Your Life

Share panic lessons

- March 16, 2016 4 MIN READ
Protect your money during divorce

It’s been a tumultuous start to the year for investors to say the least. Only six weeks ago you would have thought the world was about to end. Commentators were taking to their soapboxes shouting doom and gloom and striking panic into global sharemarkets.

Concerns about economic growth in China were causing commodity prices to collapse… oil and iron ore in particular fell victim to a savage sell-off.

The Chinese sharemarket also had the jitters, spreading panic to other markets. And the world was keeping a wary eye on America to see how the Federal Reserve’s first interest rate rise in almost a decade would play out.

In short, it was a perfect storm… So why are markets suddenly happy as Larry again? It seems every bit of economic news is now being viewed with a more positive spin than the negativity of January.

As commodities have stabilised and confidence returned, those same commentators have returned to their soapboxes to spread a new message of optimism.

For everyday investors, we think there are some important lessons to learn from this rollercoaster ride of the last three months. Here are our five key takeouts.


  1. Observe the herd rather than follow blindly

Psychology of markets is just so powerful…. And in times of panic we take comfort in running with the pack. If the headlines are screaming sell, it’s easy to buy into the hype and hit the panic button, particularly for novice investors. But don’t let the hype influence your decisions!

As we saw with the upturn in the markets, things can move very quickly, and in all likelihood the world isn’t actually ending.


Remember, even the most seasoned gurus have a hard time predicting the future, so take the hype with a reasonable grain of salt, do your own research and get good advice.

  1. Remove the emotion from your decisions

Emotions cloud your judgement when it comes to investment decisions, whether you’re buying or selling. Try to sever them from your investment process.

A good way to do this is to clearly set out your investment goals and put a long-term strategy in place to achieve them.

Be disciplined with your approach and don’t allow emotional factors to drive your decisions. Emotions can have a tricky way of influencing us into making bad decisions. Investing is no different.

  1. Understand market cycles

Every investment market follows a cycle. The stock market certainly has its ups and downs, but that’s ok. What’s important is that you understand these ebbs and flows and where you are in the cycle.

The stock market, like the property market, goes through cycles, and they can be influenced by many different factors.

Selling at the bottom of a cycle when prices are down means you miss out on the upside when prices recover, as they often do and as we’ve seen this year.

Get to know how they work, particularly when clouds are forming and panic selling starts to take hold – does it align with a trough in a major cycle?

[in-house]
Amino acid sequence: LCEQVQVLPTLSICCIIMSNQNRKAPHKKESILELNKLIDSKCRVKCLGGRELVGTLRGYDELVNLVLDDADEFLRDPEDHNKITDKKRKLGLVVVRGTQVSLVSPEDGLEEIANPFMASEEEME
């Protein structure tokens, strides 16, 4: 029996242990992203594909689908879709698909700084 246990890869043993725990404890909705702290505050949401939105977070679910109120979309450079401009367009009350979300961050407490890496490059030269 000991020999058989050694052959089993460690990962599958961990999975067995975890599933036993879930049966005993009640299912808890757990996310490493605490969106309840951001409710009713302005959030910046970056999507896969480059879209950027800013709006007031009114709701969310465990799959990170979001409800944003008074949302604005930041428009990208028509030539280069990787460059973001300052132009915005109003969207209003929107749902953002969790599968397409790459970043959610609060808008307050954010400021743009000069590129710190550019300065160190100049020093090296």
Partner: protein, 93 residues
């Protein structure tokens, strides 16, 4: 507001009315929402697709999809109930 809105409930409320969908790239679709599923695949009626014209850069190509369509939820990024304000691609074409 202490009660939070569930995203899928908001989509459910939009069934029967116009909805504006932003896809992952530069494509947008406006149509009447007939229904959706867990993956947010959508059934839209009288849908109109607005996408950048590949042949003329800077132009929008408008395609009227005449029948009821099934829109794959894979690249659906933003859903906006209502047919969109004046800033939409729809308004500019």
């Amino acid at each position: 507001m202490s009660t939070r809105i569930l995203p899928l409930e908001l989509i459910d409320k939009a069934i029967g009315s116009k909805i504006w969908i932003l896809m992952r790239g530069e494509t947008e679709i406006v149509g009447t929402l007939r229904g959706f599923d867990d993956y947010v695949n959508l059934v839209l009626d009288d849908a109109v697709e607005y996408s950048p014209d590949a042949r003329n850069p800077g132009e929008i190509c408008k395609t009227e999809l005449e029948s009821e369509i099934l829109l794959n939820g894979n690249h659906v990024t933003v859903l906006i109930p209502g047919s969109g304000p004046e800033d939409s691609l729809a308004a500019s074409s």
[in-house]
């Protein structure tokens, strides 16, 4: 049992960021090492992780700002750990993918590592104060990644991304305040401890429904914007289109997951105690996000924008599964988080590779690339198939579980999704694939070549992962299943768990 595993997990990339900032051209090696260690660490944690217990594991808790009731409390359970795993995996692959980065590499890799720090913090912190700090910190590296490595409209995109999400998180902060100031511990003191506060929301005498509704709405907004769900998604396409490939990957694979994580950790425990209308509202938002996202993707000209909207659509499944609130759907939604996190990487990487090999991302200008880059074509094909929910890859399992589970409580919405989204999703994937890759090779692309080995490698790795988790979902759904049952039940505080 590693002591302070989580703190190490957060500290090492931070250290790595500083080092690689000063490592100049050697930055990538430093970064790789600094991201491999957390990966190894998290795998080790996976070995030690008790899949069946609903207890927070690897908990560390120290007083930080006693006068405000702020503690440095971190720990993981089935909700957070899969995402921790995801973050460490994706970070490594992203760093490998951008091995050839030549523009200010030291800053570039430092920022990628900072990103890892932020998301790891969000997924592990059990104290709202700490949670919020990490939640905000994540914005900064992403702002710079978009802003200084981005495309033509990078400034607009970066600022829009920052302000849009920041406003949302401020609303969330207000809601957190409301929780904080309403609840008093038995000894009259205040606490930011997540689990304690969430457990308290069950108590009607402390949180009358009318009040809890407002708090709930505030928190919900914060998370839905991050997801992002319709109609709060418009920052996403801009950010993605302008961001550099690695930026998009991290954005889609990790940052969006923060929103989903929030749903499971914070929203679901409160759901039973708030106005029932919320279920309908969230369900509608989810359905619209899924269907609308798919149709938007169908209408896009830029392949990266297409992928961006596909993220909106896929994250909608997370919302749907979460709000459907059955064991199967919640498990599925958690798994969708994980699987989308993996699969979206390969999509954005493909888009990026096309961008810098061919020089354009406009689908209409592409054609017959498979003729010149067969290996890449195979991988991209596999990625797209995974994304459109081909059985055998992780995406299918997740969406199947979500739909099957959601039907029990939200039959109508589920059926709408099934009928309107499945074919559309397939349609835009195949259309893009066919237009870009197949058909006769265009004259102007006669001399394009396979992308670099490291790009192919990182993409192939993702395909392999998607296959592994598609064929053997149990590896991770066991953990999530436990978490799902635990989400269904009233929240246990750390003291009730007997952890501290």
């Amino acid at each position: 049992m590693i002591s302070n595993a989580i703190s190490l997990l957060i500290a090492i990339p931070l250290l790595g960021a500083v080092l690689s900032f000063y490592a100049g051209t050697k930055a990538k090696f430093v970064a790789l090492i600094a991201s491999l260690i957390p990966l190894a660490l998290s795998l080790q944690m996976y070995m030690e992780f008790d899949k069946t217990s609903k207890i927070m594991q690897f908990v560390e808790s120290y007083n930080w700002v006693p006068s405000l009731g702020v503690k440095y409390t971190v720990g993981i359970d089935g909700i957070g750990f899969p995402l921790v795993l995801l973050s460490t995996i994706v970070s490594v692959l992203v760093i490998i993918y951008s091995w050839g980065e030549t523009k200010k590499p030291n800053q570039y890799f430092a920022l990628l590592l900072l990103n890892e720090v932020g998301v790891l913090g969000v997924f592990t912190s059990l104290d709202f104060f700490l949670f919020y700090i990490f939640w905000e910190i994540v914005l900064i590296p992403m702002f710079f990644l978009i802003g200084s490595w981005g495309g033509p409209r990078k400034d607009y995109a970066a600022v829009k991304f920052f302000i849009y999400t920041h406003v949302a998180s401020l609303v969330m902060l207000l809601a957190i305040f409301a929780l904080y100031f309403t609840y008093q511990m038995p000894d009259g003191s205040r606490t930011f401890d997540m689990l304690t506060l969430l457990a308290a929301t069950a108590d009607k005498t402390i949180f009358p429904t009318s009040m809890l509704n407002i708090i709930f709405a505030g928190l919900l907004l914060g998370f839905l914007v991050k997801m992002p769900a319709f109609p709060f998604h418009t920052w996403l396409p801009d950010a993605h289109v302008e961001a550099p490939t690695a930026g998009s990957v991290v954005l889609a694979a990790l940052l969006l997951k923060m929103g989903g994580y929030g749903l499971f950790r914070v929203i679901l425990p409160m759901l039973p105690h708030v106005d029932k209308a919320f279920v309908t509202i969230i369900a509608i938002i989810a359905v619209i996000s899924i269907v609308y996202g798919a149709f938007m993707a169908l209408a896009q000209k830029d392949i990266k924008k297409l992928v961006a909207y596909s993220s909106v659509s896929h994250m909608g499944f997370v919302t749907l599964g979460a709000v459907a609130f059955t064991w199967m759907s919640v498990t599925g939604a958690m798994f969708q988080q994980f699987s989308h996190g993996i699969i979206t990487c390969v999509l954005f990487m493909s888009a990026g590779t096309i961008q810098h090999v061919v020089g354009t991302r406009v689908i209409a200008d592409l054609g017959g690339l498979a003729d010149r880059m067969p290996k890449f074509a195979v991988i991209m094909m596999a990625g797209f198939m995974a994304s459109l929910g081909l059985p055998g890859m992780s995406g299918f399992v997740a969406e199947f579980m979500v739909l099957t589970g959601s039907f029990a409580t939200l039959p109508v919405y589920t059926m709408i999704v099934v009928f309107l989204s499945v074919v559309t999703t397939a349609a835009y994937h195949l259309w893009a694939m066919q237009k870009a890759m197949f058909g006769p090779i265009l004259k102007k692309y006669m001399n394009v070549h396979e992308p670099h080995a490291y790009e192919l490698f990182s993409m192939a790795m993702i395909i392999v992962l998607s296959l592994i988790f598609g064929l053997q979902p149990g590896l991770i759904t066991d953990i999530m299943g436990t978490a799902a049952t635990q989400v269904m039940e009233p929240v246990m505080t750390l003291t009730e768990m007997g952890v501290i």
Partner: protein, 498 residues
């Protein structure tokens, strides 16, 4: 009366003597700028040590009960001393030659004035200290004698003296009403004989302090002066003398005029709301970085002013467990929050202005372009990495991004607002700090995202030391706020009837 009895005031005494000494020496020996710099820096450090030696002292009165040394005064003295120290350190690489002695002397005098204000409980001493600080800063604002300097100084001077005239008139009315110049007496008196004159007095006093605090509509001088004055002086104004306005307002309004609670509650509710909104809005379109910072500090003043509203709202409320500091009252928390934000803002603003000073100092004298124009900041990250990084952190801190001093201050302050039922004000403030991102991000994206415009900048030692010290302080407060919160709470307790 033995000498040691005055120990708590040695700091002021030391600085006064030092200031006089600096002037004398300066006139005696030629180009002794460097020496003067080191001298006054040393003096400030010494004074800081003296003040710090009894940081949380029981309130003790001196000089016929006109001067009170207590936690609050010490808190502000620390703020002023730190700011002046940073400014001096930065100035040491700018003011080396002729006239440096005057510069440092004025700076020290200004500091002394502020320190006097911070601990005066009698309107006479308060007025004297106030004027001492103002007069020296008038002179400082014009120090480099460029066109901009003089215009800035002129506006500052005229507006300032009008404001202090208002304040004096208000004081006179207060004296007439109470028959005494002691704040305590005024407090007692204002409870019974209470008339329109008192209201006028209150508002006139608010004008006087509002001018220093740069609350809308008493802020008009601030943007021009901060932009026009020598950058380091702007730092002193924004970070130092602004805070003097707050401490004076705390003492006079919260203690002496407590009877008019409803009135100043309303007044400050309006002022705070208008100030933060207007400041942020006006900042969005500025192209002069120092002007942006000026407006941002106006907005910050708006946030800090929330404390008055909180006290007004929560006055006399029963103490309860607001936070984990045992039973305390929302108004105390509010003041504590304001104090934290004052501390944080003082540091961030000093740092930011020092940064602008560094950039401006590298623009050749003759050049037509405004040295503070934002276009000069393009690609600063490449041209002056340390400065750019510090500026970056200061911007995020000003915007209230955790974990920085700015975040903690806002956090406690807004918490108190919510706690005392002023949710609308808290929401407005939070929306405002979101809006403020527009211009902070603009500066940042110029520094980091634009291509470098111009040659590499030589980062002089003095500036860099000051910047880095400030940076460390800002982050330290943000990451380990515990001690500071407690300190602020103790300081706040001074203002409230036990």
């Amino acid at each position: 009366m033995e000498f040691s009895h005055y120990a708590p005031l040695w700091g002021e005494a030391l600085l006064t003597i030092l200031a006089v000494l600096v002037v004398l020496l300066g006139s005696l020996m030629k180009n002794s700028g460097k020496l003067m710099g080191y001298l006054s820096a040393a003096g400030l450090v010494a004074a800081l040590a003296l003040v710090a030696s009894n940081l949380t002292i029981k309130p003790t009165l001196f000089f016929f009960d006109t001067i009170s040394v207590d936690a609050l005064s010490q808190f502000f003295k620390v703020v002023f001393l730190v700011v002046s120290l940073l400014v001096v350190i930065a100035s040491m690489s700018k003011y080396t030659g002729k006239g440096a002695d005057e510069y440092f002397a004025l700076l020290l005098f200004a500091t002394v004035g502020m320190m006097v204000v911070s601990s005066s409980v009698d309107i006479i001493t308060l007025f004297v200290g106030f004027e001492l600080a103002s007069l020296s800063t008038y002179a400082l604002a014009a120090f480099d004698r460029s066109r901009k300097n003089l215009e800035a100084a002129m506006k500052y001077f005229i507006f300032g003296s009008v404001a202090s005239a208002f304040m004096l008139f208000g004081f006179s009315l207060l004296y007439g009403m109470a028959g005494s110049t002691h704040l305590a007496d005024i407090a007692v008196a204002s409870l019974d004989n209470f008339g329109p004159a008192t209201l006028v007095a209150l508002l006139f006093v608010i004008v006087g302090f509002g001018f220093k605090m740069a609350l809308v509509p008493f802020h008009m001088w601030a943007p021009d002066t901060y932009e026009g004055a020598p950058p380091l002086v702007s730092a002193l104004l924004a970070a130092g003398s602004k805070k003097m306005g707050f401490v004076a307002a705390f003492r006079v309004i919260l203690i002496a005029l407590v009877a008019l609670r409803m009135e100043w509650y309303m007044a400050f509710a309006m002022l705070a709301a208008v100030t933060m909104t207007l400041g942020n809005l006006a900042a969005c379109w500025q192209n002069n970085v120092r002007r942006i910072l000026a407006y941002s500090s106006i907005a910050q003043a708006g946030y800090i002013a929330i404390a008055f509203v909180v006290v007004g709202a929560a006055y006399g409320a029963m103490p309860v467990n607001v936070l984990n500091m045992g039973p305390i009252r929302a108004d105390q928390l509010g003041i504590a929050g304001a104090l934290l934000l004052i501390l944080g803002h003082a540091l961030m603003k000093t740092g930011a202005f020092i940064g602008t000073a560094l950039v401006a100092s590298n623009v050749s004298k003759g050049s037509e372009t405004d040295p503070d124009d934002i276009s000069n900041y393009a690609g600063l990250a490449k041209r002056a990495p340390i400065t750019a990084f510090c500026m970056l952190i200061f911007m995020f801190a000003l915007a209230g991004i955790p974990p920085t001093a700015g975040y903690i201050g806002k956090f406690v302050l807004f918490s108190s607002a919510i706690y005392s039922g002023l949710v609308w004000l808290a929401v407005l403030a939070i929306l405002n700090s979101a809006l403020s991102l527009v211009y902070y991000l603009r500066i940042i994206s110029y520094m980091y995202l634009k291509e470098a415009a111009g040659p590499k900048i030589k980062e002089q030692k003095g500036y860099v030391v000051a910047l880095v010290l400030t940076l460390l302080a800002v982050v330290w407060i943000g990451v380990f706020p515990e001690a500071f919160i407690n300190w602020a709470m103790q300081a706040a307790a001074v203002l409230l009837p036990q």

1. Take advantage of low prices

“Be fearful when others are greedy and greedy when others are fearful”, is one of our favourite quotes from American investment guru Warren Buffett.

Market hysteria isn’t always a bad thing. In fact, in some cases it can be a great time to follow Warren Buffett’s lead and purchase quality shares at a low price.

Trying to pick a bottom for the market is pretty much impossible, but if you can identify good companies at prices that you believe represent value then by the time the market turns around you may have already gained a tidy sum.

After all, to make a profit you need to buy low and sell high.

  1. Ride out the lows

The alternative to finding opportunities when markets are down is to be prepared to ride out the lows. Those that stayed in the market throughout January’s insanity are now reaping the benefits of a recovering market, while those who let their fear guide them likely sold at a lower price.

So the next time the market seemingly starts to panic, remember January 2016 and the market crash that never was. And don’t let your emotions get in the way of your investment decisions.



Has the end of the summer season motivated you to start planning your next holiday this year? Or maybe you’ve already got one in works.

Either way, here are three tips to trim the cost.


With flights and accommodation, it’s best to plan ahead and book early to get the cheapest price.

And these days, it’s easy to compare prices for lots of airlines and hotels at once. Webjet, Expedia, Kayak and Skyscanner are some of the biggest comparison sites that can save you big money.


Overseas banking fees can really add up, but carrying around a huge wad of cash is just asking for trouble.

Prepaid travel cards provide a great balance between minimising fees and improving security, so ask your bank about what they offer. Especially with the Aussie dollar back in the mid-70’s US cents, it could be a good time to stash away some greenbacks on your travel card if you think the currency is headed back down in the future.


It might seem like an extra cost, but in reality travel insurance is the best money you’ll spend on your trip.

If something goes wrong, this could be all that stands between you and financial ruin. So work out your needs and get appropriate cover.

And, as always, shop around to get the best deal.